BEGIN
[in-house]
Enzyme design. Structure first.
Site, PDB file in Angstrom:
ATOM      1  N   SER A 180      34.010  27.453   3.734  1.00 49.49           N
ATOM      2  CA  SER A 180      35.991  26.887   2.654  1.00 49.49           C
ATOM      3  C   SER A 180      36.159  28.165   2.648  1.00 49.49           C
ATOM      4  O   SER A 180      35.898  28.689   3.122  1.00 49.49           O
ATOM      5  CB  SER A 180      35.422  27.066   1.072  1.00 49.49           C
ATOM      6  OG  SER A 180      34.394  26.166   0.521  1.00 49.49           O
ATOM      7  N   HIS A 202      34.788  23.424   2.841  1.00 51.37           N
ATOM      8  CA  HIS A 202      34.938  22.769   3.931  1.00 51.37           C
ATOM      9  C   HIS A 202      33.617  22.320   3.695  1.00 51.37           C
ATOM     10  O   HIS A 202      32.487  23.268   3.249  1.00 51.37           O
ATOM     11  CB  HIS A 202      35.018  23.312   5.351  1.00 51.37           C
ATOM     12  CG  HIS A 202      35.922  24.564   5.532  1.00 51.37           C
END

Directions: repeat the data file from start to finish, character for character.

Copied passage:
[in-house]
Enzyme design. Structure first.
Site, PDB file in Angstrom:
ATOM      1  N   SER A 180      34.010  27.453   3.734  1.00 49.49           N
ATOM      2  CA  SER A 180      35.991  26.887   2.654  1.00 49.49           C
ATOM      3  C   SER A 180      36.159  28.165   2.648  1.00 49.49           C
ATOM      4  O   SER A 180      35.898  28.689   3.122  1.00 49.49           O
ATOM      5  CB  SER A 180      35.422  27.066   1.072  1.00 49.49           C
ATOM      6  OG  SER A 180      34.394  26.166   0.521  1.00 49.49           O
ATOM      7  N   HIS A 202      34.788  23.424   2.841  1.00 51.37           N
ATOM      8  CA  HIS A 202      34.938  22.769   3.931  1.00 51.37           C
ATOM      9  C   HIS A 202      33.617  22.320   3.695  1.00 51.37           C
ATOM     10  O   HIS A 202      32.487  23.268   3.249  1.00 51.37           O
ATOM     11  CB  HIS A 202      35.018  23.312   5.351  1.00 51.37           C
ATOM     12  CG  HIS A 202      35.922  24.564   5.532  1.00 51.37           C